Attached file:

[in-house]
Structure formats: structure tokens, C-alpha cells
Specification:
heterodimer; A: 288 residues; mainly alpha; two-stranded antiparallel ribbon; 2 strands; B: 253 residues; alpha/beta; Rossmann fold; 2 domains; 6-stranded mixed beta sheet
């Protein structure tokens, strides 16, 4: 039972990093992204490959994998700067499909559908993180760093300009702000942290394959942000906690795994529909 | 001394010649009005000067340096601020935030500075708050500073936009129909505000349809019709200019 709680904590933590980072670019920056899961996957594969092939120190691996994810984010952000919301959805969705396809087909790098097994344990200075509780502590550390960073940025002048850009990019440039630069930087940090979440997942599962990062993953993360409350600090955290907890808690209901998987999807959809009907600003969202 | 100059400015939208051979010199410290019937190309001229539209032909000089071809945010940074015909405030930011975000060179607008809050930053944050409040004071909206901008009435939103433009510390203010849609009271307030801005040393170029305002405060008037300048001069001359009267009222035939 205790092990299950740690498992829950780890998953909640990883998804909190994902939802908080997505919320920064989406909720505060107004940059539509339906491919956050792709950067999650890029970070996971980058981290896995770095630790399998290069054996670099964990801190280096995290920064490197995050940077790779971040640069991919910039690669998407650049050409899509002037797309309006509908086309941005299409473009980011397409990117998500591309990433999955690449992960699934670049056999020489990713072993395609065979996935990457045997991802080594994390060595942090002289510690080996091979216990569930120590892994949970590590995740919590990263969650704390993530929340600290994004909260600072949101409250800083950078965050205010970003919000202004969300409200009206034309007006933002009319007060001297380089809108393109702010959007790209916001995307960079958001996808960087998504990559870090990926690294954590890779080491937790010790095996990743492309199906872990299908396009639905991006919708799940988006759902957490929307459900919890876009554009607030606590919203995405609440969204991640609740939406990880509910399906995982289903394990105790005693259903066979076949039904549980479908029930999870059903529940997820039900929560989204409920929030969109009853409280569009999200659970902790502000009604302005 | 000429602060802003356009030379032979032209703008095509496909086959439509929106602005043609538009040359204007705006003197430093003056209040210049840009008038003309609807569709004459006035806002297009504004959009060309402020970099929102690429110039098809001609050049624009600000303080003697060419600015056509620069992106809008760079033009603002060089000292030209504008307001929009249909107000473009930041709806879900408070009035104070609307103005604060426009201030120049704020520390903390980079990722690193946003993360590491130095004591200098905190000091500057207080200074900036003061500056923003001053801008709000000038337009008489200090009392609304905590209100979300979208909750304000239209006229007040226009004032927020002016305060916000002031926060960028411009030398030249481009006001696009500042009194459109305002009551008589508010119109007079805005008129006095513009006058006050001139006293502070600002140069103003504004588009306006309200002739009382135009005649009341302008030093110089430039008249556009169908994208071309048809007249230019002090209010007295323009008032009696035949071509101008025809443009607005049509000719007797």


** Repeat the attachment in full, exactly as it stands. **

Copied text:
[in-house]
Structure formats: structure tokens, C-alpha cells
Specification:
heterodimer; A: 288 residues; mainly alpha; two-stranded antiparallel ribbon; 2 strands; B: 253 residues; alpha/beta; Rossmann fold; 2 domains; 6-stranded mixed beta sheet
């Protein structure tokens, strides 16, 4: 039972990093992204490959994998700067499909559908993180760093300009702000942290394959942000906690795994529909 | 001394010649009005000067340096601020935030500075708050500073936009129909505000349809019709200019 709680904590933590980072670019920056899961996957594969092939120190691996994810984010952000919301959805969705396809087909790098097994344990200075509780502590550390960073940025002048850009990019440039630069930087940090979440997942599962990062993953993360409350600090955290907890808690209901998987999807959809009907600003969202 | 100059400015939208051979010199410290019937190309001229539209032909000089071809945010940074015909405030930011975000060179607008809050930053944050409040004071909206901008009435939103433009510390203010849609009271307030801005040393170029305002405060008037300048001069001359009267009222035939 205790092990299950740690498992829950780890998953909640990883998804909190994902939802908080997505919320920064989406909720505060107004940059539509339906491919956050792709950067999650890029970070996971980058981290896995770095630790399998290069054996670099964990801190280096995290920064490197995050940077790779971040640069991919910039690669998407650049050409899509002037797309309006509908086309941005299409473009980011397409990117998500591309990433999955690449992960699934670049056999020489990713072993395609065979996935990457045997991802080594994390060595942090002289510690080996091979216990569930120590892994949970590590995740919590990263969650704390993530929340600290994004909260600072949101409250800083950078965050205010970003919000202004969300409200009206034309007006933002009319007060001297380089809108393109702010959007790209916001995307960079958001996808960087998504990559870090990926690294954590890779080491937790010790095996990743492309199906872990299908396009639905991006919708799940988006759902957490929307459900919890876009554009607030606590919203995405609440969204991640609740939406990880509910399906995982289903394990105790005693259903066979076949039904549980479908029930999870059903529940997820039900929560989204409920929030969109009853409280569009999200659970902790502000009604302005 | 000429602060802003356009030379032979032209703008095509496909086959439509929106602005043609538009040359204007705006003197430093003056209040210049840009008038003309609807569709004459006035806002297009504004959009060309402020970099929102690429110039098809001609050049624009600000303080003697060419600015056509620069992106809008760079033009603002060089000292030209504008307001929009249909107000473009930041709806879900408070009035104070609307103005604060426009201030120049704020520390903390980079990722690193946003993360590491130095004591200098905190000091500057207080200074900036003061500056923003001053801008709000000038337009008489200090009392609304905590209100979300979208909750304000239209006229007040226009004032927020002016305060916000002031926060960028411009030398030249481009006001696009500042009194459109305002009551008589508010119109007079805005008129006095513009006058006050001139006293502070600002140069103003504004588009306006309200002739009382135009005649009341302008030093110089430039008249556009169908994208071309048809007249230019002090209010007295323009008032009696035949071509101008025809443009607005049509000719007797």